Alan Mathison Turing spent most of his childhood in Hastings, where his parents left him and his brother with a retired Army couple, Colonel and Mrs Ward, in a large house, Baston Lodge, Upper Maze Hill, St Leonards on Sea, while his father worked as a colonial administrator in Madras, India. Nearby was the house of Sir Henry Rider Haggard, the author.

He was sent to boarding school, Sherborne, Dorset, and in 1931 studied mathematics at King's College, Cambridge, being elected a Fellow at the age of only 22. In the same year he invented the abstract computers now known as Turing machines on which all subsequent stored-program digital computers are modelled.

Working independently, Turing and Alonzo Church in the US both showed in 1936 that there are well-defined mathematical problems that cannot be solved by effective methods. This expanded on the work of the Austrian logician Kurt Godel published in 1931, that there can be no consistent, complete formal system of arithmetic.

During 1936-1938 Turing continued his studies at Princeton University. He completed a PhD in mathematical logic under Church's direction, analysing the notion of 'intuition' in mathematics and introducing the idea of oracular computation in mathematical recursion theory.

At the outbreak of war in 1939 he joined the Government Code and Cypher School at Bletchley Park, Buckinghamshire. Building on earlier work by Polish cryptanalysts, Turing contributed crucially to the design of electro-mechanical machines ('bombes') used to decipher the German 'Enigma' code and also worked on the 'Fish' codes. Turing received the OBE for his wartime work.

In 1945, Turing was recruited to the National Physical Laboratory in London, to design and develop an electronic computer. The Automatic Computing Engine (ACE) was the first relatively complete specification of an electronic stored-program general-purpose digital computer. The first working computer however was built by the Royal Society Computing Machine Laboratory at Manchester University, where Turing became effectively Director in 1948. Turing was elected a Fellow of the Royal Society in 1951.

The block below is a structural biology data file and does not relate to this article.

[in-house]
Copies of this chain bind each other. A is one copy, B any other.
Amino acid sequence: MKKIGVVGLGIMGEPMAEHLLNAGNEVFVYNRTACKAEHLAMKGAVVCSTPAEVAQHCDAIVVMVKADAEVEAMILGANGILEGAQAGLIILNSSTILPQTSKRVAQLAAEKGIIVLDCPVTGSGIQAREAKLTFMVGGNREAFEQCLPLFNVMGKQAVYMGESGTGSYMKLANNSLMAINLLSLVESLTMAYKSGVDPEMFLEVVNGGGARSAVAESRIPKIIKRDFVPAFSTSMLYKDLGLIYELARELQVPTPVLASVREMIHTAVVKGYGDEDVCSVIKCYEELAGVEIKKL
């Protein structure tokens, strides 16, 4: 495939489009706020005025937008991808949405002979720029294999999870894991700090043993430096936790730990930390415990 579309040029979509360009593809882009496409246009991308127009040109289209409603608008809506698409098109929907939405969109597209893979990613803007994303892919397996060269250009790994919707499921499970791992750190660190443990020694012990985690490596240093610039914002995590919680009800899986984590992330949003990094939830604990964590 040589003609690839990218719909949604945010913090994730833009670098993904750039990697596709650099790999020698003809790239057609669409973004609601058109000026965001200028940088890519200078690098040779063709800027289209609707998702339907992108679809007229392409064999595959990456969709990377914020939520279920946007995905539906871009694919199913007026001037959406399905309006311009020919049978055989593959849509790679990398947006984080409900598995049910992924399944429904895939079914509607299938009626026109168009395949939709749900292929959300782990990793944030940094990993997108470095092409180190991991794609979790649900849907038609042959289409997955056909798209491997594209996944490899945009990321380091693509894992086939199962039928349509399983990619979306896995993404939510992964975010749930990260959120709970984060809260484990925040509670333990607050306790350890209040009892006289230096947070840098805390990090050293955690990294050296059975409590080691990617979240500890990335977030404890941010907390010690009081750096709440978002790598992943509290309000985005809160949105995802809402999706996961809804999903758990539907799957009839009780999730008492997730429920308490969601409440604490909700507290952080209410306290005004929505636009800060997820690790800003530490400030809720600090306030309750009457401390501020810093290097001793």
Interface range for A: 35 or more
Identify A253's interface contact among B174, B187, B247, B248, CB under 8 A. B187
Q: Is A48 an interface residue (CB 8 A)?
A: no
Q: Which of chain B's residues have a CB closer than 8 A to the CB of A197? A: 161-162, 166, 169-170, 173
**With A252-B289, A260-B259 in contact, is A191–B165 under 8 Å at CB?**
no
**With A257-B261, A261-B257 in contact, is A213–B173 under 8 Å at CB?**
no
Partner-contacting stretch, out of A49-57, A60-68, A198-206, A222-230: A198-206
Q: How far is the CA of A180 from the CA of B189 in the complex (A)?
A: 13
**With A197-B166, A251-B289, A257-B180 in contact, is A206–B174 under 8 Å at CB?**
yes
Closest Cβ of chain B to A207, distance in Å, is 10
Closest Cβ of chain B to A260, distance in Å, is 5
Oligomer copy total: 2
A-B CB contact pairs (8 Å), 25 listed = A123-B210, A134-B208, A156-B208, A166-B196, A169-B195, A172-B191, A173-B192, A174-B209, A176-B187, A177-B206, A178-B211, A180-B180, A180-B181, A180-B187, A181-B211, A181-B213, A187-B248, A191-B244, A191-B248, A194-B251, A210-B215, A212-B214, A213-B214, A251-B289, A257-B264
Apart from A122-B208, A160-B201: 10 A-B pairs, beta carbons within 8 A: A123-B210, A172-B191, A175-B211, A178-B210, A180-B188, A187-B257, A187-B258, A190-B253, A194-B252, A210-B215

In March 1952 however he was prosecuted for homosexuality, then a crime in Britain, and sentenced to a period of twelve months hormone 'therapy'. This and other pressures, such as loss of security clearance, led to his suicide two years later, by eating from an apple laced with cyanide. An 'apology' for his treatment was issued by the Prime Minister in 2009.

Memorials of Turing have been put up in recent years: in Sackville Park, Manchester, 2001, on the University of Surrey campus, 2004, and at Bletchley Park, 2007.

The Alan Turing Home Page, by Andrew Hodges (biographer).

Quockling, on Turing in Hastings, by Dean Morrison.

Turing Archive: for the History of Computing.

Guardian,
Article about Turing commemorations.